I am an assistant professor at University of California - San Diego's Rady School of Management, within the Innovation, Technology, and Operations group. I completed my Ph.D. at Carnegie Mellon University at the Heinz College School of Information Systems and Management in Pittsburgh, PA, USA. My research agenda is on the societal impact of information technology. This is represented by two particular projects: one on developing new methods for auditing algorithms for fairness and bias in AI, and another on ridesharing's (Uber, Lyft) impact on increasing not only local consumption, but also spatial diversity in consumption.
This research is highlighted by three ongoing projects described below. My research methods range from machine learning methodology to economic theory to applied microeconomics. I incorporate this range of methods since they are useful to answer a range of related questions. Each project is motivated to provide insights into how changes in information technology may be affecting societal and secondary outcomes:
"Identifying Significant Predictive Bias in Classifiers" (the work is currently ongoing and joint with Daniel Neill)
The above arXiv link is a 5-page introduction to the project, presented, with a travel award, at the NIPS 2016 Workshop on Interpretable Machine Learning in Complex Systems, and later, the KDD 2017 Workshop on Fairness, Accountability, and Transparency in ML (FAT-ML).
This work is motivated by the increasing use of data-driven classifiers and risk assessment models for decision-making in various public and private sectors. Beyond overall performance assessment of these models, it's important that we identify if there are subpopulations or subgroups where such models may be over- or under-estimating the probability. With exponentially many such groups though, this can be a difficult problem. Our method enables such identification, providing both a way to audit the use of such models and improve them.
"Peer-to-Peer Transportation Platforms, Consumer Mobility, and Urban Consumption Patterns" (joint work with Beibei Li)
This work is motivated by the popularity of peer-to-peer transportation platforms, like Uber and Lyft. We are interested in how the adoption of such services have affected the movement and local consumption of consumers. Particularly, we are interested in the heterogeneity of the effect, such as along spatial, demographic, or temporal dimensions. This is of interest to urban planners and policy makers, to better understand how the transportation system might influence local movement and consumption patterns. This work uses a unique longitudinal panel dataset on consumer transactions.
Forthcoming at Information Systems Review. Manuscript available on SSRN at: https://papers.ssrn.com/sol3/papers.cfm?abstract_id=2891908
Presented at CIST 2016 (Nashville), WISE 2016 (Dublin), INFORMS 2016 (Nashville), POMS 2017 (Seattle, finalist for best student paper in supply chain mangement), The Marketing Science Conference 2017, and MSOM 2017.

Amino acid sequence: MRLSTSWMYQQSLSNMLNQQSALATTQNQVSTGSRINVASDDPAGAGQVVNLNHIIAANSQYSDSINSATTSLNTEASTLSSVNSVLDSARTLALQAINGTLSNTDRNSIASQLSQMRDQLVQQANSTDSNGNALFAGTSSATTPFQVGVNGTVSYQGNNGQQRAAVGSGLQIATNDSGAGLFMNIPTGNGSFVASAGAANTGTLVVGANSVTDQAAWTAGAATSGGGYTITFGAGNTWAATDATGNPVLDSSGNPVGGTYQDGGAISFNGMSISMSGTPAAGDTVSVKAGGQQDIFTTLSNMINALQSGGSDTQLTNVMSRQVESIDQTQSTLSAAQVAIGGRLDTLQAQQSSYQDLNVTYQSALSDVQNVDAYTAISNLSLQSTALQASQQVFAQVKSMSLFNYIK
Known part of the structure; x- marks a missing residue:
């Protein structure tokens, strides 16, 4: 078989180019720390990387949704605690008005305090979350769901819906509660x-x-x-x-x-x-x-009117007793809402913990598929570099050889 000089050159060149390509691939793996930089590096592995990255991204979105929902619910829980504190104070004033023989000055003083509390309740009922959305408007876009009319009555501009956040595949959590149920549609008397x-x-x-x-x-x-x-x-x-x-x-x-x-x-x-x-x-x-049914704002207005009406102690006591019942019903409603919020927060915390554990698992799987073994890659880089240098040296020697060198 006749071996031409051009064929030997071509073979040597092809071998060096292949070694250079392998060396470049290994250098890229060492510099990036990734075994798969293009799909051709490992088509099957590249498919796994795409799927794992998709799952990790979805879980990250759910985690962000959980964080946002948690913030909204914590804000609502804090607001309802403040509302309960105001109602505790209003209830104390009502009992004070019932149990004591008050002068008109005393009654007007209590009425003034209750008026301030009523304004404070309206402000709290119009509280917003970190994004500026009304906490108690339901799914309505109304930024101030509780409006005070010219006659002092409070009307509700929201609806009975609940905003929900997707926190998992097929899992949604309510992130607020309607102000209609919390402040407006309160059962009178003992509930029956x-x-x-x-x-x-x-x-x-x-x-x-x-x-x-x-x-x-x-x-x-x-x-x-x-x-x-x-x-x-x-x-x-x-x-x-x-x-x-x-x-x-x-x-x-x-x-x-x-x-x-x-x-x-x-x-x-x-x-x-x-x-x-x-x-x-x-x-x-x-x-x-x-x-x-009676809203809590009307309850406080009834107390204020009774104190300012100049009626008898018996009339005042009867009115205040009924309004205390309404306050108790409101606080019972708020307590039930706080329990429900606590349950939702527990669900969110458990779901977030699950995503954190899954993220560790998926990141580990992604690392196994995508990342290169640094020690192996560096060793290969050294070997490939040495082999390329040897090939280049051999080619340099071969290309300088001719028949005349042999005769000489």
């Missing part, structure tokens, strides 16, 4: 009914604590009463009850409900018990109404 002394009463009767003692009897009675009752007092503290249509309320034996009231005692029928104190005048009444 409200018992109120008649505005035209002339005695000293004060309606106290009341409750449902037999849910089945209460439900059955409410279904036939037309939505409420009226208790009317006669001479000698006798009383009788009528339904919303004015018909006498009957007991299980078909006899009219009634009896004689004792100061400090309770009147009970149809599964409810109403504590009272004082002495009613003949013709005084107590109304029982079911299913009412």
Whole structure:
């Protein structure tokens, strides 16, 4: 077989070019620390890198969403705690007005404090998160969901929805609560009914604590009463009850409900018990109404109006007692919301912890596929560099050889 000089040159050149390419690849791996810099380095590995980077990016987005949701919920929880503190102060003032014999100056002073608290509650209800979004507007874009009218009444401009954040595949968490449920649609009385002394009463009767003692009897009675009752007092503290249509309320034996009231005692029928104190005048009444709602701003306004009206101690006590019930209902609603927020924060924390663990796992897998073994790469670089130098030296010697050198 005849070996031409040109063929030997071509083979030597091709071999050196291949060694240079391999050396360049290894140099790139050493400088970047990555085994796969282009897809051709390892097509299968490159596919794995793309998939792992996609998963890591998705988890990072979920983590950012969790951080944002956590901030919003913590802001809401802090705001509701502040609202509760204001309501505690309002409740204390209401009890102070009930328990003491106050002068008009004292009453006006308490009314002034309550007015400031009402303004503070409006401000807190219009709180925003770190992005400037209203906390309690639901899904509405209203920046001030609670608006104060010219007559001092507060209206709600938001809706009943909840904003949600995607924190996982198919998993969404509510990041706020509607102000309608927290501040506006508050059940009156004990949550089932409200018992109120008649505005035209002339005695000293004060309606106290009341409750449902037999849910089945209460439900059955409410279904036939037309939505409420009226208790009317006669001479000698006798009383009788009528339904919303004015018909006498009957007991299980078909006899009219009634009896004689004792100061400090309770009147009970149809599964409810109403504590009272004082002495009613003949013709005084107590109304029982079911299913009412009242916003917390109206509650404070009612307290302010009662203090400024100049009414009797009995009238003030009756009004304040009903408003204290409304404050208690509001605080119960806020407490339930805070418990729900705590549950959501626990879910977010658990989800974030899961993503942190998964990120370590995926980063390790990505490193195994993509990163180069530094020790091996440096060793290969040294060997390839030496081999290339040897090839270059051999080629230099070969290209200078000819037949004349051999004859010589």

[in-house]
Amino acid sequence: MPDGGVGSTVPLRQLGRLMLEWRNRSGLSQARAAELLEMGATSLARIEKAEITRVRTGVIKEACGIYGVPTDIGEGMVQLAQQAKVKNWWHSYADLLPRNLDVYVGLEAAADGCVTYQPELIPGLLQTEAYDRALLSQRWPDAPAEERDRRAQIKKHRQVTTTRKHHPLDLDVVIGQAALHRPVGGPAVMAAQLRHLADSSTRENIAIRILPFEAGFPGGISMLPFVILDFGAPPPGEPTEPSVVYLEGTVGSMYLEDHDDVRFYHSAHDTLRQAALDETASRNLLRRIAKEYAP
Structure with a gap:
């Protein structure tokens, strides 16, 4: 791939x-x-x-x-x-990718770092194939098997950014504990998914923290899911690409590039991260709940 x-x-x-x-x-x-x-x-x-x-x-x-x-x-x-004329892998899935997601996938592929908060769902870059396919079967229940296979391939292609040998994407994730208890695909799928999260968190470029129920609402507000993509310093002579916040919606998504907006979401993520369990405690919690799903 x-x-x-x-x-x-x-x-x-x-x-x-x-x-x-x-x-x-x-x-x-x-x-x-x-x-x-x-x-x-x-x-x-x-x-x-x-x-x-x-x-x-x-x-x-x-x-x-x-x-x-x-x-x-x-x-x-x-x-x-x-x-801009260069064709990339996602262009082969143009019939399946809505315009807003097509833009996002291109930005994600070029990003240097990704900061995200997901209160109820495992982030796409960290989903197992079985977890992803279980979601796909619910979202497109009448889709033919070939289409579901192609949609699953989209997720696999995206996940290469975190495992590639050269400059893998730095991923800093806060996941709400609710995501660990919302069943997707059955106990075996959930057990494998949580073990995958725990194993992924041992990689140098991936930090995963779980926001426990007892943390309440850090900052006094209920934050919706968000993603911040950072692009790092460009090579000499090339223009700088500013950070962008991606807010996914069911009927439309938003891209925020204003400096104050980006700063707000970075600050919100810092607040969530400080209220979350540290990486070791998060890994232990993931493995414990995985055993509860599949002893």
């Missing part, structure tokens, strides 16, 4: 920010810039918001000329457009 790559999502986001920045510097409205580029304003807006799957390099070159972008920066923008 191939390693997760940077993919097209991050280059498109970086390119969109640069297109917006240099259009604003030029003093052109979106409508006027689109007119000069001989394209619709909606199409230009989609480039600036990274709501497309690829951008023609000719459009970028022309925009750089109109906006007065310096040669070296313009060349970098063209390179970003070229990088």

This work is motivated by the rise of peer-to-peer rental markets for a variety of durable goods (e.g., vehicles, boats, bicycles, condominiums). We seek to provide a simple theoretical model from the perspective of manufacturers: (a) how are manufacturers affected by the entry of such peer-to-peer markets, and (b) what are the optimal business models in light of such markets? We model consumer usage as stochastic and find that consumer heterogeneity in such usage rates is the key interesting parameter that guides our results. When heterogeneity in usage rates is intermediate, we identify a new equalizing effect, a novel effect enabled by peer-to-peer markets that benefits the manufacturer. In such cases, a manufacturer may prefer to embrace peer-to-peer markets even over controlling and operating their own rental markets.
Background / Contact
Carnegie Mellon University, PhD, Heinz College School of Information Systems & Management
BS, Mathematical and Computational Sciences (MCS)
BA, Economics, Stanford University
In my undergraduate, I studied economics and policy, particularly around climate policy and energy markets. After my undergraduate, I spent some time continuing economics research on coal markets and the behavioral impact of pricing structure in electricity, and also spent time as a researcher at the Natural Resources Defense Council and Union of Concerned Scientists nonprofits. I came to Carnegie Mellon to pursue my PhD using multiple disciplines including computer science and economics. I grew up in the Berkeley, CA area.
During my PhD, I have spent time as a part-time Data Creative staff at DataKind in NYC, NY, providing data science project brainstorming for potential partner organizations. I also was a 2016 Fellow at the Data Science for Social Good Summer Fellowship (DSSG) in Chicago, IL. There I worked on an interpretable prediction project for education support services.